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The Heretic is a free dispatch delivering insights into what it takes to lead into & in the unknown. For entrepreneurs, corporate irritants and change makers. Raw, unfiltered and opinionated.

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Apr 2nd, 2017 Share: Share on Twitter Share on Facebook Share on LinkedIn

But Does It Help Your Goals?

Most people (myself included) have a hard time saying “no”.

Fear of missing out — after all, the coffee conversation someone asked about, could turn into your biggest opportunity? Fear of being impolite — weren’t we taught to care about other people and their requests? Fear of not being asked again — how many times will someone present opportunities if we keep saying no?

And at the same time we all only have 24 hours in a day, typically a packed schedule already and plenty of things on our todo lists.

The challenge with saying yes to requests from others — may that be a meeting for a coffee or lunch, an introduction to someone in your network, some advice on a problem or proposition — is that they are typically about something the other person wants to achieve and not something which furthers your goals and mission.

A while ago I finally learned this lesson by carefully observing some of the most productive and accomplished people I know — their default is simply “no”. A kind and friendly “no”, but “no” nonetheless. These people ruthlessly focus on what is important to them and their goals. If an external requests further their goal — great. If not — they kindly decline and get back to what matters in their lives. They know that they only have so much time in a given day and that, if they want to achieve what they set out to do, they need every minute and every ounce of energy they can muster.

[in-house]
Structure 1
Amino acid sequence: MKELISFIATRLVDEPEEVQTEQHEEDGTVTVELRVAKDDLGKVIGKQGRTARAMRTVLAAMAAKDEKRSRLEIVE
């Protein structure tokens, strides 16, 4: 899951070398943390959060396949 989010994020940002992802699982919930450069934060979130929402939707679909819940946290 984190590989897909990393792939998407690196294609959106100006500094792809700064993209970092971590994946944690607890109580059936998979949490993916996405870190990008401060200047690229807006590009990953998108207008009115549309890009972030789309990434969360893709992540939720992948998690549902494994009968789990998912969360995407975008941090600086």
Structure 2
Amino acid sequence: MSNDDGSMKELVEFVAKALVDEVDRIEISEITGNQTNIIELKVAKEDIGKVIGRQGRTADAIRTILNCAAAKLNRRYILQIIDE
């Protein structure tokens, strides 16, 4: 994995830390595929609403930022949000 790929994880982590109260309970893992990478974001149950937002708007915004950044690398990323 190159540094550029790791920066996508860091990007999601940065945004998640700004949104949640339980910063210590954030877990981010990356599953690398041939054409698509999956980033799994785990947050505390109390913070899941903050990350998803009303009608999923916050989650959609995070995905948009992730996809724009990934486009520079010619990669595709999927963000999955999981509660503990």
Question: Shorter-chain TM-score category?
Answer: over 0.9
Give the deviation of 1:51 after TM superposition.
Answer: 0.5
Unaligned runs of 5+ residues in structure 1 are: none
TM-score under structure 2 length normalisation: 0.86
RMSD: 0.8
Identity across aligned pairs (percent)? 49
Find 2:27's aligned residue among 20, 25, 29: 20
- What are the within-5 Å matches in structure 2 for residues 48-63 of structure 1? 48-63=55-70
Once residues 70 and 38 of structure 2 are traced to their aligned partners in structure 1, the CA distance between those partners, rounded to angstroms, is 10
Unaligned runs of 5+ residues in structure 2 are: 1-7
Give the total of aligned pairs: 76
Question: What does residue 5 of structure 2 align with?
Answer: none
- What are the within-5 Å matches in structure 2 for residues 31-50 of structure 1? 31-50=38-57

The people I learned this from most are athletes — they could do so many fun things: An interview here, a photoshoot there, some motivational speech over there and a sponsorship thing someplace different. But instead they know that if they don’t train they will not be successful. So they carefully weigh the pros and cons of every opportunity which presents themselves, fiercely protect their workouts and fundamentally understand that the only thing which matters in the end is the work they put in.

With every request — ask yourself: Does it help your goals? If not — say (politely) “no” and get back to work.

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